Green Beans fried with Dried Shrimps

Sunday, September 15, 2013

What is in a name, you may ask? Haven't you noticed how restaurant dishes are named?

Name it right, and you can increase the price or make your menu sound more attractive.

Kalamansi instead of just lime.
Arugula instead of rocket.
Pullet instead of Spring chicken
And yeah, Spring chicken instead of frog meat
Onsen eggs instead of soft-boiled eggs

And the list goes on.

Now, how about Haricot Verts fried with Heh Bee and Sambal Chilli? 

Now that is a smorgasbord of languages in the name of this dish: French, Hokkien and Malay.

Relax, Haricot Verts is just "Green beans" in French. Get hold of some great green beans and you are good to go. I got mine from my favourite Veg seller and at $8 per kilo, this Australian crunchy and sweet beauty is good in almost any way you cook it.

Beautiful. You can eat it raw. 
As with all types of green beans, blanching it and then ice-shocking it is the best way to ensure crunchiness throughout and to retain it's colour. While you can certainly wok-fry it directly without blanching, the control over the doneness is harder, especially for home cooks as you do not cook this everyday.  

After blanching, you can take it in whatever direction you wish: a warm salad, quick stir fry with some garlic or as in the recipe I will share here, Haricot Verts fried with Heh Bee and Sambal Chilli. 

The Haricot Verts fried with Heh Bee and Sambal Chilli recipe

1 kg haricot verts (green beans)
half a bowl of dried shrimps
2 Tbps of Sambal Chilli
6 pieces of sliced shallots
Some salt to taste
2 Tbps oil

  1. Trim the green beans and halve it. 
  2. Boil some water and when it is a rolling boil, blanch for 3 minutes.  Then ice-shock to stop the cooking.
  3. Soak the dried shrimps in warm water for about 3 minutes. Wash. Blend the dried shrimp till it is flossy. I use my Preethi blender and it does the job in 15 secs.
  4. Heat up the oil in a wok. Add the sliced onions and saute for about 5 minutes. Then add the sambal chilli and dried shrimp floss. Stir fry in low fire for about 3 minutes.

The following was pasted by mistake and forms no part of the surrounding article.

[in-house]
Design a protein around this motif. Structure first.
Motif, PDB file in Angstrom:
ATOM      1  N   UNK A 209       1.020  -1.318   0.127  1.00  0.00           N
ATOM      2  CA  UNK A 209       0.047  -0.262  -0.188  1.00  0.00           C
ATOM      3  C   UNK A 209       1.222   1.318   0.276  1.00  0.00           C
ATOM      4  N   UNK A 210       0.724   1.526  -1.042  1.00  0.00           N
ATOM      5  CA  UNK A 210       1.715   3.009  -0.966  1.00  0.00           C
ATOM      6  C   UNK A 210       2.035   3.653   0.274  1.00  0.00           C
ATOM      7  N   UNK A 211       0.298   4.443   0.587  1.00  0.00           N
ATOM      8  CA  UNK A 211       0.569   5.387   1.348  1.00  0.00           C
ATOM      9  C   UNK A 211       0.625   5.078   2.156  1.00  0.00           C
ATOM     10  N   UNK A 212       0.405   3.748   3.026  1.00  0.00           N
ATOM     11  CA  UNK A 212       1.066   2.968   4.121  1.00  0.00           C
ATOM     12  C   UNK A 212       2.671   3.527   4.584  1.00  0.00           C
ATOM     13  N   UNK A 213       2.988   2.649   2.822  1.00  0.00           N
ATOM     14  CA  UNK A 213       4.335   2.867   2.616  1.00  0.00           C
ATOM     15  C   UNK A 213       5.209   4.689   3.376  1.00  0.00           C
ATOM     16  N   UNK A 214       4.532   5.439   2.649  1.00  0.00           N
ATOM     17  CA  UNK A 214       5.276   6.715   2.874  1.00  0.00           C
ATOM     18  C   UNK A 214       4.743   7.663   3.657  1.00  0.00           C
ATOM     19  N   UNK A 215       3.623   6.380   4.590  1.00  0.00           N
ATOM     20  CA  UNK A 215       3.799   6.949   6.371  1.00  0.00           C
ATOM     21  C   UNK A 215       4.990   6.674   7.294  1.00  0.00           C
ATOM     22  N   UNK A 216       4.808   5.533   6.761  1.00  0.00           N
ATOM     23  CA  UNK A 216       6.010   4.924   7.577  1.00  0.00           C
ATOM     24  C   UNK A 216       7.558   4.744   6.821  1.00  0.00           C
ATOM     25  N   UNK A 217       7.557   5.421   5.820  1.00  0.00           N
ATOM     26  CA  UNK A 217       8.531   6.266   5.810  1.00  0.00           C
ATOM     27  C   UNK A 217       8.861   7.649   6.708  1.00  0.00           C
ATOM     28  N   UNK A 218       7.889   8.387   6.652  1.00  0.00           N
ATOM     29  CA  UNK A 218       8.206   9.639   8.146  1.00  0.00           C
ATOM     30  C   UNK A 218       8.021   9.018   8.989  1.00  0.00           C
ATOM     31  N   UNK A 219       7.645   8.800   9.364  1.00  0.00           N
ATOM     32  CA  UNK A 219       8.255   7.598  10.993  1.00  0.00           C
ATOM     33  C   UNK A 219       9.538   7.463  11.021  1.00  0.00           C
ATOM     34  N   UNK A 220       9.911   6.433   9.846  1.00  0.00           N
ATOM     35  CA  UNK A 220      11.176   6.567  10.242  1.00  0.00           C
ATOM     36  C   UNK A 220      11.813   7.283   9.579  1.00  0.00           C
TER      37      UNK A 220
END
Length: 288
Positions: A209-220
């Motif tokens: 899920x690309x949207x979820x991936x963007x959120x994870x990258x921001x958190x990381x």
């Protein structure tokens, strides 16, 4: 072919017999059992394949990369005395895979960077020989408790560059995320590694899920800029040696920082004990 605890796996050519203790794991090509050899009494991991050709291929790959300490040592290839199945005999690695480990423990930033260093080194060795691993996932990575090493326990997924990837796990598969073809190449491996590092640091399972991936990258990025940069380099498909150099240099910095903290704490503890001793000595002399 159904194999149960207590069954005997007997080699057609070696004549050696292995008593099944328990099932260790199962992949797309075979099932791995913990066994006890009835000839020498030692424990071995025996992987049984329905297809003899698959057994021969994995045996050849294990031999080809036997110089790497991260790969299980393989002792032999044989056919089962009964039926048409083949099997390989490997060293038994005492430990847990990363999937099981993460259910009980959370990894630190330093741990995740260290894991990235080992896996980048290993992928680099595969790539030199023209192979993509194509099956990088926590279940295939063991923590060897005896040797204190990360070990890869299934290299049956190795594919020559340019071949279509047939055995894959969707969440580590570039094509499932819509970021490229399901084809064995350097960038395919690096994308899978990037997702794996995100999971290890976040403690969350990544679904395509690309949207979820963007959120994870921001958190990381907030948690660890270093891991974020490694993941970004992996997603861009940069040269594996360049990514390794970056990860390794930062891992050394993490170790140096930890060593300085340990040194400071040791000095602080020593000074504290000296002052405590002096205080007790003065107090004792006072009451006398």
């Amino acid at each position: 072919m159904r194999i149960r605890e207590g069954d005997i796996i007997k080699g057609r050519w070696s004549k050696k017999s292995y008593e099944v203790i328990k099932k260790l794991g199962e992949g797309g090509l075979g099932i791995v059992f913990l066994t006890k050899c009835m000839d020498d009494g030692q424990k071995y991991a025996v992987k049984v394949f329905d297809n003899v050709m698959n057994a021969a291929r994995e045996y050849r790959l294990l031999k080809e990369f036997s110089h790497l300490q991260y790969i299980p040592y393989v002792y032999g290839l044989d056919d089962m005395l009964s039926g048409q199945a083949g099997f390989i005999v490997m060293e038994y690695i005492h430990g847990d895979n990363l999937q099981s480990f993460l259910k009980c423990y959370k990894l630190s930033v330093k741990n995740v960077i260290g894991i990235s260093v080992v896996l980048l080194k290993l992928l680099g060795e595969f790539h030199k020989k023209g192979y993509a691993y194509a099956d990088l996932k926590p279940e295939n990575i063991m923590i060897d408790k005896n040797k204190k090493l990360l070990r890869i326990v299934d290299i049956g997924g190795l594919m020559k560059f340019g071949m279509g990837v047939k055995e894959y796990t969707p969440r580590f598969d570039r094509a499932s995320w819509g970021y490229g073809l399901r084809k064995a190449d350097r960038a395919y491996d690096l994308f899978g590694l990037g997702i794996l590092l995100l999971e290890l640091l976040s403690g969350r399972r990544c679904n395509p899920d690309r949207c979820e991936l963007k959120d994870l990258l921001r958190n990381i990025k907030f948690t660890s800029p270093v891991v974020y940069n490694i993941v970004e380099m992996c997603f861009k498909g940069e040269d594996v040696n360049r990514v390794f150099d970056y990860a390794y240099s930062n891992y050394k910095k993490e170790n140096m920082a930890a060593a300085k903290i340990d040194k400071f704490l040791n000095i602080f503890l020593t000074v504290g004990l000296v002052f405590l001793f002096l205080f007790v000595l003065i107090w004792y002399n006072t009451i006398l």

5. Increase the fire and add the blanched green beans. Stir to mix. After a minute, remove and serve.
  6. If it needs more flavour, add some salt. While soy sauce can be used, I prefer the dish to have a fresh green look. 
Cooking Notes 
  1. As for blenders, I like the Indian type i.e Preethi blender (see photo for purchase instructions). These type of blenders are suited for Asian cooking, especially kitchens which cook a lot of curries, prepare spices etc. Whether wet or dry, large or small amounts, this blender do everything I need and it is efficient. 
  2. If you are eating the green beans after blanching without any more cooking, blanch a bit longer i.e. 3.5 minutes.   
  3. There are actually countless ways to cook this beans. My recipe here is just giving you some ideas. Experiment and sometimes, less is more, especially when the beans are already good on its own. 
And whatever you do, remember to give it a great name.

Haricot Verts in fragrant garlic sauce...
Haricot Verts salad with kalamansi dressing...
Haricot Verts in appetising Yuzu Vinaigrette
Haricot Verts in fermented shrimps (Cincalok)
Haricot Verts Amandine...

Blanch in rolling boiling water for 3 mins.
Ice-shocked in cold water
Dried shrimp floss in seconds using the Preethi Blender
You can get this pretty Preethi Blender (it has 3 different size jars, only on shown here)
from Shermay Cooking School (Address? Google yourself!)
Done. Crunchy and great colour. 

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